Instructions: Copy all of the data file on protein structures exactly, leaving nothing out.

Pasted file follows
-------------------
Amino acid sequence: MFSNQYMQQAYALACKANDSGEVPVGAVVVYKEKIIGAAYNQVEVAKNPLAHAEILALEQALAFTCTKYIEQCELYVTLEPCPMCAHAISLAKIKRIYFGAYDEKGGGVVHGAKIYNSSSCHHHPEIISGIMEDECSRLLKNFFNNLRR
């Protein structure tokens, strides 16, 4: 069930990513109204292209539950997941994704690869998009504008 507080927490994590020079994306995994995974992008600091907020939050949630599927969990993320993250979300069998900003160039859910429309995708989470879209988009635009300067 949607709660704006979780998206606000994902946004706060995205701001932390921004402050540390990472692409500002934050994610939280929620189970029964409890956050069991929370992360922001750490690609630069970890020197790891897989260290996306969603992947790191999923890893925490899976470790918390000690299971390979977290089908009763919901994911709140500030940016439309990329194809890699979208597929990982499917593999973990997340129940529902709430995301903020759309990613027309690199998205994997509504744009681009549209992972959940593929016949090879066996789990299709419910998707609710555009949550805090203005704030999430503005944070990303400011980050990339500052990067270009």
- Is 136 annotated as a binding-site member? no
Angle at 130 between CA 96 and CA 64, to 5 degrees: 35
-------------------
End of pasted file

Amino acid sequence: MFSNQYMQQAYALACKANDSGEVPVGAVVVYKEKIIGAAYNQVEVAKNPLAHAEILALEQALAFTCTKYIEQCELYVTLEPCPMCAHAISLAKIKRIYFGAYDEKGGGVVHGAKIYNSSSCHHHPEIISGIMEDECSRLLKNFFNNLRR
């Protein structure tokens, strides 16, 4: 069930990513109204292209539950997941994704690869998009504008 507080927490994590020079994306995994995974992008600091907020939050949630599927969990993320993250979300069998900003160039859910429309995708989470879209988009635009300067 949607709660704006979780998206606000994902946004706060995205701001932390921004402050540390990472692409500002934050994610939280929620189970029964409890956050069991929370992360922001750490690609630069970890020197790891897989260290996306969603992947790191999923890893925490899976470790918390000690299971390979977290089908009763919901994911709140500030940016439309990329194809890699979208597929990982499917593999973990997340129940529902709430995301903020759309990613027309690199998205994997509504744009681009549209992972959940593929016949090879066996789990299709419910998707609710555009949550805090203005704030999430503005944070990303400011980050990339500052990067270009």
- Is 136 annotated as a binding-site member? no
Angle at 130 between CA 96 and CA 64, to 5 degrees: 35